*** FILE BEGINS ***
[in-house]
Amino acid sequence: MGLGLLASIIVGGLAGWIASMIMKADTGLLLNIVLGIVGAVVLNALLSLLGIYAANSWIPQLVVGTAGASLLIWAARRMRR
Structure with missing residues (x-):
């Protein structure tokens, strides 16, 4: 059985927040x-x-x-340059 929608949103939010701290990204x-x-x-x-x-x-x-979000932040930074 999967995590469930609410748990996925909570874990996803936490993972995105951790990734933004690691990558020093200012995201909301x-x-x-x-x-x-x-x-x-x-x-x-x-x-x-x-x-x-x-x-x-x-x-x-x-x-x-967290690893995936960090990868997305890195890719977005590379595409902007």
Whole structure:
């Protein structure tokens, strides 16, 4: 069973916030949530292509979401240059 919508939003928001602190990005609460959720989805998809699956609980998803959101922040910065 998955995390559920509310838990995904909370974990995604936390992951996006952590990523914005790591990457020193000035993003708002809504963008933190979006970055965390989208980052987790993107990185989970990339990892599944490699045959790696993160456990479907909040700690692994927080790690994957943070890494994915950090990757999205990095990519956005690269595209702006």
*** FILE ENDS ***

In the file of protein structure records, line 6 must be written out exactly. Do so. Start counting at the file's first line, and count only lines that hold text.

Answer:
């Protein structure tokens, strides 16, 4: 069973916030949530292509979401240059 919508939003928001602190990005609460959720989805998809699956609980998803959101922040910065 998955995390559920509310838990995904909370974990995604936390992951996006952590990523914005790591990457020193000035993003708002809504963008933190979006970055965390989208980052987790993107990185989970990339990892599944490699045959790696993160456990479907909040700690692994927080790690994957943070890494994915950090990757999205990095990519956005690269595209702006």